From the book Healing Secrets of the Native Americans by Porter Shimer
For Americans today, the pine tree is seen mainly as a symbol of Christmas cheer – but pine was one the the Native Americans’ most important medicines. They made chewing gum from pine resin, which they found soothing for sore throats. Pine needles were crushed and made into a paste for an aromatic headache poultice. The bark was also used as a poultice for such things as wounds, burns, ulcers, and hemorrhoids. Salves made from pine resin were used to treat sore muscles and joints, and pine tea was a popular remedy for colds, coughs and upper respiratory congestion. In some cases, the needles were ignited because Native Americans believed that breathing pine fumes could relive back ache.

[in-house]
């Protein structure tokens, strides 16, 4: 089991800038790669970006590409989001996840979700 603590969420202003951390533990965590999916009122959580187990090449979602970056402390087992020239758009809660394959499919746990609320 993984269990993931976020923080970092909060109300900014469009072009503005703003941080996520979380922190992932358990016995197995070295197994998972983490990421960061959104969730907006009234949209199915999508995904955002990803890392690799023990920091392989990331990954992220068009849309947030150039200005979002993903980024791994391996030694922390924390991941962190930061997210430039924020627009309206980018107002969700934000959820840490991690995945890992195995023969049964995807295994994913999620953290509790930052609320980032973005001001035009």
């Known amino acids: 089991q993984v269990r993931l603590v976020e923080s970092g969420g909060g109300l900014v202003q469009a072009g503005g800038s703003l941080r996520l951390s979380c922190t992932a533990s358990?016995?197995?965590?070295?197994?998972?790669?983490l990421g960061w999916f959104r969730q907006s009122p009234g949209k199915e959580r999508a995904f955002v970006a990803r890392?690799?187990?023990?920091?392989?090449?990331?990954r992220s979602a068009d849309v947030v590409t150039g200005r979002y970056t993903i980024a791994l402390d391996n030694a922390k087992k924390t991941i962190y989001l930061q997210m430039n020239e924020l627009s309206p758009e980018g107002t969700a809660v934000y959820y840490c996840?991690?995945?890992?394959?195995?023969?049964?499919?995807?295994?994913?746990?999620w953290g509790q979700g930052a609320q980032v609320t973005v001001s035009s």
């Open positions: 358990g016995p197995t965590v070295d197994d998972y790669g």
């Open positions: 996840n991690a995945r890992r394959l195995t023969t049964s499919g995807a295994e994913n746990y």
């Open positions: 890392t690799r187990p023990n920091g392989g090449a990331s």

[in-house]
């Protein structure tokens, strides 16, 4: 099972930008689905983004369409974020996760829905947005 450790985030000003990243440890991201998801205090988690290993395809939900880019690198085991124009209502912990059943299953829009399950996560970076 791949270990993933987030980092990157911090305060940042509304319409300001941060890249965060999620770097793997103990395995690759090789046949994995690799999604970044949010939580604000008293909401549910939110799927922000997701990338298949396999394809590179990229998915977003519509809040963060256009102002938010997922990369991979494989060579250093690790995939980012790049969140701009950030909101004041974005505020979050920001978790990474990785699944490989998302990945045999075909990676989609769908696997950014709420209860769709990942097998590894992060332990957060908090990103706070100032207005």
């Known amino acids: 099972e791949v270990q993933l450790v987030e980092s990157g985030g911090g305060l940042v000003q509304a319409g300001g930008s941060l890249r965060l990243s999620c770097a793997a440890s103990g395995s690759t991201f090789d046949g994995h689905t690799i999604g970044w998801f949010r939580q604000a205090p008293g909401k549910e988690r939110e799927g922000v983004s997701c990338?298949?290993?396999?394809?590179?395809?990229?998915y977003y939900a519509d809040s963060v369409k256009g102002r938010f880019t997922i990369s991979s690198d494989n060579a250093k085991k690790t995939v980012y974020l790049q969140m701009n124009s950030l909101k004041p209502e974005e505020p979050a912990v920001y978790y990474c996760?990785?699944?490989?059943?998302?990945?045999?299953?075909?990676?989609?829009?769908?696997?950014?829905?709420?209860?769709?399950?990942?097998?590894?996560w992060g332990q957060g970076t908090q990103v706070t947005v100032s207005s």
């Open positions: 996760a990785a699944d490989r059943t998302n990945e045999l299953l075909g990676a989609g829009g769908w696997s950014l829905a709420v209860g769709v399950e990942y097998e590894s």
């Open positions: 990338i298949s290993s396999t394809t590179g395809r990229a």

Herbalists continue to recommend pine remedies often for treating upper respiratory problems. Teas made from dried needles may be useful for easing arthritis and pine paths may help reduce skin irritation as well as anxiety.
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